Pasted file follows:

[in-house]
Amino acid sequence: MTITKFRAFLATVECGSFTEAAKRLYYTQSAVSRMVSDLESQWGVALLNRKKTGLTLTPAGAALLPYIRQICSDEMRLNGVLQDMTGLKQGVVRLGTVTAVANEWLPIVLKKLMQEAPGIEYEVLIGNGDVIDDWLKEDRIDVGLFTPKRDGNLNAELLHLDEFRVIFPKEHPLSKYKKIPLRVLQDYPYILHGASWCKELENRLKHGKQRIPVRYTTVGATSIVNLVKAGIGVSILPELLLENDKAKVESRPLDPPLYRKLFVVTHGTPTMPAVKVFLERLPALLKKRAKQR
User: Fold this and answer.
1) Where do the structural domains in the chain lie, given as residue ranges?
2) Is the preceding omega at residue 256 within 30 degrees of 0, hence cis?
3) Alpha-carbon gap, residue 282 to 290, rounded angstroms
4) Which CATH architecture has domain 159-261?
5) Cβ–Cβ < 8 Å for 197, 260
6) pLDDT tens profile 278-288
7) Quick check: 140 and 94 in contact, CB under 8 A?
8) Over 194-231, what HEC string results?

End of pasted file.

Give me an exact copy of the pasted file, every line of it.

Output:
[in-house]
Amino acid sequence: MTITKFRAFLATVECGSFTEAAKRLYYTQSAVSRMVSDLESQWGVALLNRKKTGLTLTPAGAALLPYIRQICSDEMRLNGVLQDMTGLKQGVVRLGTVTAVANEWLPIVLKKLMQEAPGIEYEVLIGNGDVIDDWLKEDRIDVGLFTPKRDGNLNAELLHLDEFRVIFPKEHPLSKYKKIPLRVLQDYPYILHGASWCKELENRLKHGKQRIPVRYTTVGATSIVNLVKAGIGVSILPELLLENDKAKVESRPLDPPLYRKLFVVTHGTPTMPAVKVFLERLPALLKKRAKQR
User: Fold this and answer.
1) Where do the structural domains in the chain lie, given as residue ranges?
2) Is the preceding omega at residue 256 within 30 degrees of 0, hence cis?
3) Alpha-carbon gap, residue 282 to 290, rounded angstroms
4) Which CATH architecture has domain 159-261?
5) Cβ–Cβ < 8 Å for 197, 260
6) pLDDT tens profile 278-288
7) Quick check: 140 and 94 in contact, CB under 8 A?
8) Over 194-231, what HEC string results?